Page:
How to hike the Hooker Valley Track

Snow-capped mountains, dramatic scenery and crisp morning air set the scene for the Hooker Valley Track. It’s one of New Zealand’s best walks and a must-do for anyone visiting the South Island. An easy spot to visit on a road trip, it’s the perfect addition any itinerary and a walk you won’t soon forget. To help you #TravelWell here’s everything you need to know to hike the Hooker Valley Track.

Watch us do the Hooker Valley Track in this epic video guide:

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Where is the Hooker Valley Track?

You’ll find the Hooker Valley Track located within the Aoraki / Mount Cook National Park in New Zealand’s stunning South Island around 4 hours drive south-west from Christchurch. Named one of the ‘Best Day Walks in New Zealand,’ the trail winds through spectacular scenery, across swing bridges and over milky-blue water out to the Mueller Glacial Lake and uninterrupted views of Aoraki.

What’s the history of the region?

According to Ngāi Tahu legend, Aoraki and his three brothers were the sons of Rakinui, the Sky Father. While on a sea voyage, their canoe overturned on a reef. When the brothers climbed on top of their canoe, the freezing south wind turned them to stone. The canoe became the South Island and Aoraki and his brothers became the peaks of the Southern Alps.

Hooker Valley Track © Little Grey Box

Forming part of the Southern Alps, which spans the length of the South Island, Aoraki is the highest peak in New Zealand. At a staggering 3,724 metres or 12,218 feet it’s a favourite among avid mountain climbers with three summits from south to north; Low Peak, Middle Peak and High Peak. Local guides operate expeditions to the summit which take 6 days to complete and require a very high level of fitness and proven climbing proficiency.

Hooker Valley Track © Little Grey Box

Famously, the National Park was used as a training ground by Sir Edmund Hillary in preparation for his conquest of Everest in 1953 with sherpa mountaineer Tenzig Norgay. As the region is of such significance in Māori culture and history it’s important we, as visitors, treat the area with the same respect. You can read more about the significance of Aoraki here and you really must as it’ll help give context to just how special the region you’re visiting truly is and how lucky we are to be able to go there. Remember to leave no trace.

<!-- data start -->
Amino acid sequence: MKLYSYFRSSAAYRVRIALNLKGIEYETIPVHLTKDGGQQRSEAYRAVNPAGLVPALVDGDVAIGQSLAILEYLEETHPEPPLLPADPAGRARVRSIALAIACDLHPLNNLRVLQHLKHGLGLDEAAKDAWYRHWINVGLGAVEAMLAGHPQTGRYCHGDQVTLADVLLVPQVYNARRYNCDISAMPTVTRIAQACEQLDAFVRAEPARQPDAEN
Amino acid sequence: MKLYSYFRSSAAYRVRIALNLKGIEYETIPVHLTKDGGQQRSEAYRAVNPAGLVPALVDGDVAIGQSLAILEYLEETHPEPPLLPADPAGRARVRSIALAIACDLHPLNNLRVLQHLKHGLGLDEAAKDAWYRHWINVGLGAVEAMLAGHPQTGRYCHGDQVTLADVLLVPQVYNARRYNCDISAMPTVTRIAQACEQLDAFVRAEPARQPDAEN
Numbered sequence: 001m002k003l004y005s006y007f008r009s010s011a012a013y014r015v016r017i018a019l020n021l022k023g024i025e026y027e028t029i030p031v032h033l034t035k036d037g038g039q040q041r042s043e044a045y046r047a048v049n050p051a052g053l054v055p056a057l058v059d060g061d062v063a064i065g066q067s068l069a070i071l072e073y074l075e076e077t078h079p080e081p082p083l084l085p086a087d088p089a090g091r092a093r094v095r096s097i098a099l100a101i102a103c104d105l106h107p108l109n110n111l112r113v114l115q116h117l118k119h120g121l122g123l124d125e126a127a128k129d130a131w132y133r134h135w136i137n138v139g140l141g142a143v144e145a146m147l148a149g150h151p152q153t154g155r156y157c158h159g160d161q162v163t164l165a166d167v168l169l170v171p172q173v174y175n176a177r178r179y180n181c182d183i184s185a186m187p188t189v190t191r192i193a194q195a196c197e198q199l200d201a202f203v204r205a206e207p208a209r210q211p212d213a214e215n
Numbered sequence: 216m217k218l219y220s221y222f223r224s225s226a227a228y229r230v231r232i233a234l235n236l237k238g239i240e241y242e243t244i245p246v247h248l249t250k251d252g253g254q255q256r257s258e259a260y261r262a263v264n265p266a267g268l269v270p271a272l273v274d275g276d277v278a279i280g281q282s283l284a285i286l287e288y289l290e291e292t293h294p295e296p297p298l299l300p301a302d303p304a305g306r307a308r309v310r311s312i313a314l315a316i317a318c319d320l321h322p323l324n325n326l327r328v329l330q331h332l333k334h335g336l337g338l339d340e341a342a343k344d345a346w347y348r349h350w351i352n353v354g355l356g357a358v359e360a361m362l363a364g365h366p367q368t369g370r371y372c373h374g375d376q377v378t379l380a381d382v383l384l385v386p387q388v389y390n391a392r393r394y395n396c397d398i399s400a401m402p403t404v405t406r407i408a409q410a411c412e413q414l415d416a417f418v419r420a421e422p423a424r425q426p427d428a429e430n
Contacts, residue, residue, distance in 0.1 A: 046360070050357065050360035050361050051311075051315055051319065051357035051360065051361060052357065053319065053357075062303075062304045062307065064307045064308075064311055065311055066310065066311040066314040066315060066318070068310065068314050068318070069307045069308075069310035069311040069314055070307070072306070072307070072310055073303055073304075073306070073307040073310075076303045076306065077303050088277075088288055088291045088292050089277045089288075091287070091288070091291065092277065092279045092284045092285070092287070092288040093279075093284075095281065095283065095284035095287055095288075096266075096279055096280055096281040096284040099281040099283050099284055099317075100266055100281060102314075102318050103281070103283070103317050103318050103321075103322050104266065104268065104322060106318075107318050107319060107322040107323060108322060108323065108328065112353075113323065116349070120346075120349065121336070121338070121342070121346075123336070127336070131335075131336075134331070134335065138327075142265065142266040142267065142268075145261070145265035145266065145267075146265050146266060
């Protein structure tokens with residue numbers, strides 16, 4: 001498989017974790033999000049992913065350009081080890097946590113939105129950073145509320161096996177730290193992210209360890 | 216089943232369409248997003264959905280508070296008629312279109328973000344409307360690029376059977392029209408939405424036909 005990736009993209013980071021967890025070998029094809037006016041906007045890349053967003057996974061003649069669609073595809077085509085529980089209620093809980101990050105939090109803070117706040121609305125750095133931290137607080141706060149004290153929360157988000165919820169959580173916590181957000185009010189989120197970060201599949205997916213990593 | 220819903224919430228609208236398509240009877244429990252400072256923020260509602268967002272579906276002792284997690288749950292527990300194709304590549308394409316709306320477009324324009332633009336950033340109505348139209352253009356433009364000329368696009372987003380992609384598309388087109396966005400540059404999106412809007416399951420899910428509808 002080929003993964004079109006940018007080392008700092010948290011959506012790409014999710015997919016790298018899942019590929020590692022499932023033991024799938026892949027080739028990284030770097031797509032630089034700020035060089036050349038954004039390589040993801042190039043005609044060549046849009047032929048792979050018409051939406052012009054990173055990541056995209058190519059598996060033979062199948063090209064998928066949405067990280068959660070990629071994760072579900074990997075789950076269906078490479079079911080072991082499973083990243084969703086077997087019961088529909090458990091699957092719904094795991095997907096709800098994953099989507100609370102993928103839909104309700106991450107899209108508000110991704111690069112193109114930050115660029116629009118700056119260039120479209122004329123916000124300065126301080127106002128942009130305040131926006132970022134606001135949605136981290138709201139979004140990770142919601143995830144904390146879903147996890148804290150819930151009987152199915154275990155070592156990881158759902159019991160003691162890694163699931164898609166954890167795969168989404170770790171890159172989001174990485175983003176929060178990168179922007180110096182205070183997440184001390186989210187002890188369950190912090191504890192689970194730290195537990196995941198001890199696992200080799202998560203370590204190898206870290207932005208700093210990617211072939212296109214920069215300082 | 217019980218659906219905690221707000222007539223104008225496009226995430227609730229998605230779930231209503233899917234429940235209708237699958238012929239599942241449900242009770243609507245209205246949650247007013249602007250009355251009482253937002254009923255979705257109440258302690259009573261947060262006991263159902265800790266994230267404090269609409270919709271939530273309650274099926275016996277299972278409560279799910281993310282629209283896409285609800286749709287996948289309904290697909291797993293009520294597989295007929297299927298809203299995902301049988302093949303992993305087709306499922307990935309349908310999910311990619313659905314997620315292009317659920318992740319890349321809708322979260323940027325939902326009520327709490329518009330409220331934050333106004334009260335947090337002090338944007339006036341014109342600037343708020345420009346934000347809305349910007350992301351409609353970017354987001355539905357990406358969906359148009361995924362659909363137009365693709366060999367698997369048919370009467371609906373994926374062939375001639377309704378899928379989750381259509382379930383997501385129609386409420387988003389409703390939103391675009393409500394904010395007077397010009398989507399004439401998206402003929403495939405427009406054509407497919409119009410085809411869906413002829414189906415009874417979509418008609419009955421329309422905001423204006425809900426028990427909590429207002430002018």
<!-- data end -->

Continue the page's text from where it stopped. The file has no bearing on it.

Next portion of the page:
Hooker Valley Track © Little Grey Box

How do I get there?

You’ll need to drive to the trailhead so a vehicle is essential. On our first visit we drove in our motorhome from Motorhome Republic and on our second visit we drove in our SUV from GO Rentals. You’ll need to set your GPS to either the White Horse Hill Campground or Hooker Valley Track.

Lake Pukaki © Little Grey Box

It should take around 1 hour and 10 minutes to get there from Tekapo or 45 minutes from Twizel. On both of our visits the carpark was busy but not so crowded we were unable to park. Just be sure to park in a proper parking spot, lock your vehicle and hide any valuables out of sight or carry them with you. We didn’t have any issues but best to be safe.

Hooker Valley Track © Little Grey Box

Where does the trail start?

The Hooker Valley Track starts at the White Horse Hill Campground and car park located at the end of Hooker Valley Road. When you arrive you’ll see other vehicles in the carpark, a small hut and big green and yellow signs that say ‘Hooker Valley Track,’ with bright arrows pointing you in the right direction.

Hooker Valley Track © Little Grey Box